David Ellenson

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Photo of Professor David Ellenson in his office at Brandeis University
Professor David Ellenson in his office at Brandeis University

David Ellenson is an American rabbi and academic who is known as a leader of the Reform movement in Judaism. Ellenson is currently director of the Schusterman Center for Israel Studies and visiting professor of Near Eastern and Judaic studies at Brandeis University and interim president of the Hebrew Union College-Jewish Institute of Religion (HUC-JIR). He previously served as president of HUC-JIR from 2001 to December 31, 2013, and is now chancellor emeritus of that college. Ellenson is currently serving as interim president following the death of his successor, Aaron D. Panken.[1]

Early life and education[edit]

Ellenson was born in 1947 in Brookline, Massachusetts, and grew up in an Orthodox Jewish family in Newport News, Virginia.[2] He was president of the student body at Newport News High School in 1964–65.

Ellenson graduated from the College of William and Mary with a B.A. in 1969. In 1972, he earned an M.A. in religious studies from the University of Virginia. He was then ordained at HUC-JIR in 1977 and received his Ph.D from Columbia University in 1981.[3]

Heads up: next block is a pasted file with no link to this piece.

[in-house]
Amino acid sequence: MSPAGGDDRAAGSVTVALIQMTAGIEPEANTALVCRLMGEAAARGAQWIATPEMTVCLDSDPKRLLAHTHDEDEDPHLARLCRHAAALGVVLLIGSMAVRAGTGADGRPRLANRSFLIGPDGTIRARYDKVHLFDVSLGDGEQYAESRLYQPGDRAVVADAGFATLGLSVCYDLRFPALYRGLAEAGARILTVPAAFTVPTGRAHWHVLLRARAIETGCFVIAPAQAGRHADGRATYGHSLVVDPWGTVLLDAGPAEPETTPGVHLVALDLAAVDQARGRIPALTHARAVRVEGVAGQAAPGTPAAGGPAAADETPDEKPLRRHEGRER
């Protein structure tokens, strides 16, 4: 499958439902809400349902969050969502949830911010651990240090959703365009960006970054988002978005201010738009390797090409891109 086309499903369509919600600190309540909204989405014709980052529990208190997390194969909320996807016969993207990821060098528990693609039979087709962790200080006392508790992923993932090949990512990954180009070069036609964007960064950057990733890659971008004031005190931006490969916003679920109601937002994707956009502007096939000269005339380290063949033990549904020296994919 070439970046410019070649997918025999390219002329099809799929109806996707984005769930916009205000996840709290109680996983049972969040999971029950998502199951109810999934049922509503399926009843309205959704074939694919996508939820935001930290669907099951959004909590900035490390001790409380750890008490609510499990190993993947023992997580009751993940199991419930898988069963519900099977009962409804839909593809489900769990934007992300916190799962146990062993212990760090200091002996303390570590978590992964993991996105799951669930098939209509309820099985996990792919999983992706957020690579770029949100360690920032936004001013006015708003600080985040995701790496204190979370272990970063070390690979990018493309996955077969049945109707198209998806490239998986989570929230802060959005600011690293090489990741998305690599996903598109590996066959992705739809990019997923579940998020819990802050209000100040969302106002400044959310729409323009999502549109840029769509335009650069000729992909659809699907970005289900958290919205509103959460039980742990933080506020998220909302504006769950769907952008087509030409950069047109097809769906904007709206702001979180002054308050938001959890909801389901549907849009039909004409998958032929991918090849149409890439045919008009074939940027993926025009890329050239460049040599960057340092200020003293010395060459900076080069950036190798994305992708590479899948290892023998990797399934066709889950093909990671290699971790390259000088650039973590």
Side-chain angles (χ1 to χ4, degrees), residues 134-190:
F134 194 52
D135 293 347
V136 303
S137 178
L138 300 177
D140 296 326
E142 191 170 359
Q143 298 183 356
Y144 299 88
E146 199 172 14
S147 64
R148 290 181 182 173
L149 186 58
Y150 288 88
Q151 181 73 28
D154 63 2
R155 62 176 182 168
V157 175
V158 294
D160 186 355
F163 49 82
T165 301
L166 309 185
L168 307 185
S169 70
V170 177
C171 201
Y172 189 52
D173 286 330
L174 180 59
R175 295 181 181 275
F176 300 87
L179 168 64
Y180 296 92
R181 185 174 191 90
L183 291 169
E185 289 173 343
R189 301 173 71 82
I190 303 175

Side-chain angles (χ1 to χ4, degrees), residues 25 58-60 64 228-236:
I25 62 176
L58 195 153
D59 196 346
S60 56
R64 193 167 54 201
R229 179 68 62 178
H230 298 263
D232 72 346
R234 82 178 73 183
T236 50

Ellenson was first appointed a member of the faculty in Jewish Religious Thought at Hebrew Union College in 1979.[2] For two decades Ellenson served as head of the Louchheim School of Judaic Studies, the undergraduate program in Jewish studies at the University of Southern California conducted under the aegis of HUC-JIR. In 1988, Ellenson was appointed the I.H. and Anna Grancell Professor of Jewish Religious Thought at HUC-JIR. He also served as a visiting professor at both UCLA and the Jewish Theological Seminary of America, and in 1997–98 he was a Lady Davis Visiting Professor of the Humanities in the Department of Jewish Thought at Hebrew University. He has been a fellow of the Shalom Hartman Institute of Jerusalem, a fellow and lecturer at the Institute of Advanced Studies at Hebrew University in Jerusalem, and a teacher at the Pardes Institute of Jewish Studies in Jerusalem. In 2015, Ellenson was appointed a distinguished visiting professor at New York University and he taught there in the Skirball Department of Judaic Studies in 2015–2016.